Deputy Denis Naughten: The Deputy had an initial statistical point. The previous EPA projection indicated that emissions would be between 6% and 11% below 2005 levels. The target is a 20% reduction. I am saying the projection is now worse as the current figures from April 2017 indicate that the range will be between 4% and 6% below 2005 levels. I wish they were between 6% and 11% as that would be a far more positive position, but they are not. Ireland is projected to cumulatively exceed its obligations by between 11.5 megatonnes and 13.7 megatonnes carbon dioxide equivalent between 2013 and 2020, but it is not at all positive. These are the projections in respect of the 2020 target for carbon emissions.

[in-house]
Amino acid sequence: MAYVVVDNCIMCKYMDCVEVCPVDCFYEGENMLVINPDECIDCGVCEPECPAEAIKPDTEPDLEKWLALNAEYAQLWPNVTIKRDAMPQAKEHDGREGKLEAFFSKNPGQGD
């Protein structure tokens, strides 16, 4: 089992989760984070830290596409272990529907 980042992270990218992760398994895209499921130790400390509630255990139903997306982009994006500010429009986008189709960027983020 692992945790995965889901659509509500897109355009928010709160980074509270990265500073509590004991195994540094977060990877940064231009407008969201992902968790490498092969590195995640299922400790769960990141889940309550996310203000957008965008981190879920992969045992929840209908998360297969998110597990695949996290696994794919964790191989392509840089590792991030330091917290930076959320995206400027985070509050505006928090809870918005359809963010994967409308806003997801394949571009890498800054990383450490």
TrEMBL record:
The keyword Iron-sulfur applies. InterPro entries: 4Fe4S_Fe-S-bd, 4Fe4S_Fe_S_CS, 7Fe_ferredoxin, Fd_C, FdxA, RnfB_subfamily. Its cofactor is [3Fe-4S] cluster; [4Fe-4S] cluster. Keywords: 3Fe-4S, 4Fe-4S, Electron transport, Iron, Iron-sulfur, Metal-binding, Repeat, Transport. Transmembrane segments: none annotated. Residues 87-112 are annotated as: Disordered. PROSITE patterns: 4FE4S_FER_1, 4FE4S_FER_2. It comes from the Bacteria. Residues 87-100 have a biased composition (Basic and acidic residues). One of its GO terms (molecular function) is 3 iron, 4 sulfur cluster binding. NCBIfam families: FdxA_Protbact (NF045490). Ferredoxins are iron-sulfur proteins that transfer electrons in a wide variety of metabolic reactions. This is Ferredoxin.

With regard to energy targets for 2020, the overall objective is to reach a 16% reduction figure. Based on the Sustainable Energy Authority of Ireland’s analysis, there is a 9.4% reduction. We expect, at a minimum, to be at a figure of 13.2%. The intention is to get it to between 15% and 16%.
Deputy Timmy Dooley: If the Minister is to make any meaningful progress towards reaching our targets, we need a plan and action. I get where the Government is when it speaks about the mitigation plans being an organic document.
Deputy Denis Naughten: To which target is the Deputy referring? Is it the 20% or 16% figure?